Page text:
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Pontius Pilate, like Benedict Arnold after him, lived in a time of great political and social unrest. Big things were happening, many sides were battling against each other, feelings were running deep, and tempers were flaring. Each was faced with a fateful decision that forced them to choose which side to come down on, which warring faction to appease, and in the end the decisions they made were so poor that they didn’t just make them failures or losers, they made them into history’s most despised villains, the sorts of names who will never be forgotten due to their infamy.

Bad for a guy like Pontius Pilate, sure, but a dissection of the political and religious turmoil that led to his decision of whether or not to authorize the crucifixion of Jesus Christ sounds like it could make for a really good movie. Or, at least, that’s what Warner Bros has been hoping ever since they bought Vera Blasi’s script for the period drama Pontius Pilate. By all accounts Blasi’s script is rich, complicated, and full of character, which would suggest the title role is going to require not a movie star like most big budget period pics, but a real actor capable of giving a rich, nuanced performance. The good news for Pontius Pilate is that it looks like it might be getting both.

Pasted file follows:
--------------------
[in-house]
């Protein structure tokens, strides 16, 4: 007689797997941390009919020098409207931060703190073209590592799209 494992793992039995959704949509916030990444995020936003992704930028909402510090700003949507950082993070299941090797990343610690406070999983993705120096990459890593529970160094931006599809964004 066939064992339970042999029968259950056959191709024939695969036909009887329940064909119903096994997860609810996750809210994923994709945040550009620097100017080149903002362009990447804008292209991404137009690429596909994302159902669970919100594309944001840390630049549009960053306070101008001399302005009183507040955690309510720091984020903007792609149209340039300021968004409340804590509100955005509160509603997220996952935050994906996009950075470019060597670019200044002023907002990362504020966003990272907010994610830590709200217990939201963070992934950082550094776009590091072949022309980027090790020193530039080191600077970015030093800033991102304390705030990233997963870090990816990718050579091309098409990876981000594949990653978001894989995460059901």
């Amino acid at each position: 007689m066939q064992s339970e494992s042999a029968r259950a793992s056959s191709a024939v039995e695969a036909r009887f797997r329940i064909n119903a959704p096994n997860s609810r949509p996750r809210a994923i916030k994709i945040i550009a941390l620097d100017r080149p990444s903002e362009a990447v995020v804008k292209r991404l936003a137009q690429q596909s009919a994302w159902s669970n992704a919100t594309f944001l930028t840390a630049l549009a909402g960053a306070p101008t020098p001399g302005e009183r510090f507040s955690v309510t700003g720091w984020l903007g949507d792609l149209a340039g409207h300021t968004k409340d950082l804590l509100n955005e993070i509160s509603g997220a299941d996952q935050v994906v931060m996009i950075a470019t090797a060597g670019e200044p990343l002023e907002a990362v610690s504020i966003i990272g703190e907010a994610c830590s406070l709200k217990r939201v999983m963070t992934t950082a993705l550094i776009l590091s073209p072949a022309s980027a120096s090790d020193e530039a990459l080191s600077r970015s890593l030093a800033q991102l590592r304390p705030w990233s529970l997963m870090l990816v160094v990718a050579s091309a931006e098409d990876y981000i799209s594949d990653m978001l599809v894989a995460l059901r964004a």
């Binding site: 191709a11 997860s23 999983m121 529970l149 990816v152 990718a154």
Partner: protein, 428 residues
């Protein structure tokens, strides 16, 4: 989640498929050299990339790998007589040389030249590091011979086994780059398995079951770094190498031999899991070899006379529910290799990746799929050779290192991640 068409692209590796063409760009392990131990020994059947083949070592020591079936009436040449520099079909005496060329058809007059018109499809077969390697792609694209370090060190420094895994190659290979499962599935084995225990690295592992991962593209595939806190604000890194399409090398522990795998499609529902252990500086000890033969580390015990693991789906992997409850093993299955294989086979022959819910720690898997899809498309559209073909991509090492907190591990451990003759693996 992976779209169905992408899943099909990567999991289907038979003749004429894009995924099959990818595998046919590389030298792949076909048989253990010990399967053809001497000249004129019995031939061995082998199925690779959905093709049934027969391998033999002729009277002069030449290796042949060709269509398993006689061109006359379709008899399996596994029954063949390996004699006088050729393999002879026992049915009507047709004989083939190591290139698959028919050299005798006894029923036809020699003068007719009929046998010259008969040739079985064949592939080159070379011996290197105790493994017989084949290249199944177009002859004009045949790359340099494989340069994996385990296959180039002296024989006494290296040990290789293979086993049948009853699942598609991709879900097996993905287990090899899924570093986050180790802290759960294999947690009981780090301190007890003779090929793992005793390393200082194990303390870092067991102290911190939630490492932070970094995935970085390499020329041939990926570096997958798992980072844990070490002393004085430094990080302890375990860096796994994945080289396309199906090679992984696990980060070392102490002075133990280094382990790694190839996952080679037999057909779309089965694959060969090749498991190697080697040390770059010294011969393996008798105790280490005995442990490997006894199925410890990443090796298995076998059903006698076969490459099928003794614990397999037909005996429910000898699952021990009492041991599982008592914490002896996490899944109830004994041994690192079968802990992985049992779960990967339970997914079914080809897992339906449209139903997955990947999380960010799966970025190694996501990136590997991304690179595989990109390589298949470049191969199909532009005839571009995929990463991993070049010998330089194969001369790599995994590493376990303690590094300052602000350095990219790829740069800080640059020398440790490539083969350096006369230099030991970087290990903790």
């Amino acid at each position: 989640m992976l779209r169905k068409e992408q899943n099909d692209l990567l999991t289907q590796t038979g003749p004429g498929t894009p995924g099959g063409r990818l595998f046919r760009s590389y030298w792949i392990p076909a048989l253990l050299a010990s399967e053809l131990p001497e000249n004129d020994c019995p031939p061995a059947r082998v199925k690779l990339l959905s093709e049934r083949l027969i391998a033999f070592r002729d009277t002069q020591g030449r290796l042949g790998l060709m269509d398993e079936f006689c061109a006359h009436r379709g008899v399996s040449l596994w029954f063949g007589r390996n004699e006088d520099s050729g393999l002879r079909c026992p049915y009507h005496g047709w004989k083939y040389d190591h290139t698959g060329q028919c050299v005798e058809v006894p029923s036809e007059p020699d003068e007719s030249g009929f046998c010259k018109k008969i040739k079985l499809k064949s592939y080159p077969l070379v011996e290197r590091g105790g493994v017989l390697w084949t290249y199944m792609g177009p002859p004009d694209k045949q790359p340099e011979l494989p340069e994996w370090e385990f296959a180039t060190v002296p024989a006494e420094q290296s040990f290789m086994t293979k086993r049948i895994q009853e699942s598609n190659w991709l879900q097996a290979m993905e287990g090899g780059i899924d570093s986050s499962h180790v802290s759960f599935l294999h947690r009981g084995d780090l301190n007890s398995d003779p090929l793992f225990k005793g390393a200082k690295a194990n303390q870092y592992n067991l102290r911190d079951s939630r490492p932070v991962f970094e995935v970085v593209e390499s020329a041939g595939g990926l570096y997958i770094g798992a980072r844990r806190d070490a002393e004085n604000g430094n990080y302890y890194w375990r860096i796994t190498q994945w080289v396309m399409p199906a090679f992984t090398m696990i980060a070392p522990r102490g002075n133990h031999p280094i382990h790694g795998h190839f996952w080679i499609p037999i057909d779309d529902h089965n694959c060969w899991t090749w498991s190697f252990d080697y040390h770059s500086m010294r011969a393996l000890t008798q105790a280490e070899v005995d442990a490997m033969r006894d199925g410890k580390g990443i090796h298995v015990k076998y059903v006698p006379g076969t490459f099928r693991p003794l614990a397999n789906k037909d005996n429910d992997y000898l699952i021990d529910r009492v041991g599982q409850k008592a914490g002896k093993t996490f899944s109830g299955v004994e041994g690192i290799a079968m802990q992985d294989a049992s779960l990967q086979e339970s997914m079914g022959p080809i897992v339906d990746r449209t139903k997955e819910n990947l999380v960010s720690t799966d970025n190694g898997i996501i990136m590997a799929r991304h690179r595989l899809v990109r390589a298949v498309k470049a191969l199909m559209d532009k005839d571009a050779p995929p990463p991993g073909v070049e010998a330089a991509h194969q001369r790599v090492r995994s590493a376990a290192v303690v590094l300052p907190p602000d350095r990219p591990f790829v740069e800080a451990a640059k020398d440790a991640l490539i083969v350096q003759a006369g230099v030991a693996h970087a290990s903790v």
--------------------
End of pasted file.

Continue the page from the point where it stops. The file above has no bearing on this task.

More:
According to Deadline, Brad Pitt is currently circling the role of Pontius Pilate, and is looking likely to sign. Though comparing something like changing the way baseball is played to deciding whether or not to crucify the purported son of God is pretty extreme, Pitt did show in Moneyball that he was able to play the role of the conflicted guy in charge—making decisions that a large group of people were vehemently against—and play it well. One can easily imagine him furiously munching on grapes and olives, right before he makes the decision to wash his hands and leave the final judgment up to the people. If a name this recognizable and an actor this proven signs on for the title role, surely we’ll be hearing a whole lot more about Pontius Pilate in the near future. Which one of Pitt’s regular collaborators do you think could sign on to direct?

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